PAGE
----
Psalm 23, which starts, “The Lord is my Shepherd,” is no doubt the most familiar of the psalms that are thought to have been written by King David. But Psalm 24 is also a familiar psalm of David, and begins, “The earth is the Lord’s, and the fulness thereof; the world, and they that dwell therein.”

I heard it read aloud quite often growing up because it was a popular introduction for any kind of big celebration—like graduation or Thanksgiving. If it was a special day at church, it was almost inevitable that someone would get up and joyously proclaim, “The earth is the Lord’s!”

Phrases like “fullness thereof” and “dwell therein” were not a part of my everyday vocabulary, and for a long time I assumed that they were just fancy words for saying that everything in the world belonged to God—even us. And while that may be the case, I don’t think that’s what the poet-psalmist was getting at.

Here’s why. It is thought that this psalm was written when the Ark of the Covenant—the symbol of God’s presence—was finally brought back to Jerusalem after it was reestablished as the center of David’s kingdom. The Ark was the very center of the city that was the center of life as David knew it.

As a symbol, few objects were more powerful. Not only was the Ark a symbol of God’s presence, it was a symbol of God’s care, of His provision for their needs. It was a symbol of His protection from their enemies, and of God’s role in establishing them as a nation. When David spoke of the “fullness thereof,” he was not just saying that everything comes under God’s power; he was saying that God was actually present in every aspect of their lives. It seems like “fullness thereof” is another way of saying that God can be found in everything—throughout all the realms of the world.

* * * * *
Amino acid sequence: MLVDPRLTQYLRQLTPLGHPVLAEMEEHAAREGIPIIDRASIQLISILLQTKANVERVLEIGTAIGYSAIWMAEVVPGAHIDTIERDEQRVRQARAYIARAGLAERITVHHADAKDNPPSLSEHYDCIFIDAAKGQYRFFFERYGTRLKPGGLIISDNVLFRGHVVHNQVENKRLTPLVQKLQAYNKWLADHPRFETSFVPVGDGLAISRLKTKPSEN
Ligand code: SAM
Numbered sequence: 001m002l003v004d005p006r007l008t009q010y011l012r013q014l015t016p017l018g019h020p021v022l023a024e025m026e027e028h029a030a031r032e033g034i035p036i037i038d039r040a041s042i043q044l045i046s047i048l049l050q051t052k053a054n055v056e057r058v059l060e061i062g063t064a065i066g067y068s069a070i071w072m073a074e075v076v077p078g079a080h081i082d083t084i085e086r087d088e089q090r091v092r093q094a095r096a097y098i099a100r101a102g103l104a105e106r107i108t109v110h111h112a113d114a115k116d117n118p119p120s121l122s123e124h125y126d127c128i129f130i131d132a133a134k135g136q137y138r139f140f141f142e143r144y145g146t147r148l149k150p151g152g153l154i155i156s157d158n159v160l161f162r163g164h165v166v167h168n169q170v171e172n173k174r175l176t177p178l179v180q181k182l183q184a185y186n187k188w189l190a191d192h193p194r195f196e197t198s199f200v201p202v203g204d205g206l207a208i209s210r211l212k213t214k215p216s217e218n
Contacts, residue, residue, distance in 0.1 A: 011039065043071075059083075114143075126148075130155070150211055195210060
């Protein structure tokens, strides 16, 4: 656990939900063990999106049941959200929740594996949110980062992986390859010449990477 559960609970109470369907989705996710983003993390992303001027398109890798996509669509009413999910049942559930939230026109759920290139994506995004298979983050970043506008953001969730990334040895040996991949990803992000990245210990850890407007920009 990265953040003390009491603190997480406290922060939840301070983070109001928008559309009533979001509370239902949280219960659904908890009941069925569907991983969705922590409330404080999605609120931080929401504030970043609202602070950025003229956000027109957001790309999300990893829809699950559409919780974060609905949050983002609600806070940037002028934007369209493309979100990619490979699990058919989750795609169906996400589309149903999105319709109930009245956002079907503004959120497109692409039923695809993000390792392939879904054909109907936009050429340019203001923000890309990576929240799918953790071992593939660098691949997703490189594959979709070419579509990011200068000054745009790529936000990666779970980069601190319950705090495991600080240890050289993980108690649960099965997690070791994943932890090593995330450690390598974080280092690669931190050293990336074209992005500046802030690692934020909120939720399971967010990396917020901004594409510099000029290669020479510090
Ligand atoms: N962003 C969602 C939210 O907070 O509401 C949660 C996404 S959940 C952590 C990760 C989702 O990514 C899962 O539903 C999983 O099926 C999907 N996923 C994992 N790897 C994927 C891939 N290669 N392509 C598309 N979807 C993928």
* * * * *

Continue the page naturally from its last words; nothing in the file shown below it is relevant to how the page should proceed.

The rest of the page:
What does this mean for us these many centuries later? That not only are we alive in God, but that God is alive in us. That through His presence, God touches the world through the lives that we lead! We live in God’s grace, and God also extends His grace out through us. We are the “fullness thereof.”

I think this adds an extra layer of clarity and significance to the mission statement of Adventist HealthCare. If the psalmist is correct, when we state, “We extend God’s care through the ministry of physical, mental and spiritual healing,” we are also recognizing the power of God that is expressed in our actions. God is active in our work. God’s grace and mercy flow through our routines and everyday actions. Our hospitals are a part of the “fullness thereof” of God’s love.

Each day we place ourselves in God’s hands, and in prayer we ask that God will be honored by our lives. And each day, in every circumstance, our gracious God finds ways in which the fullness thereof comes shining through, making His presence felt and His power to heal known.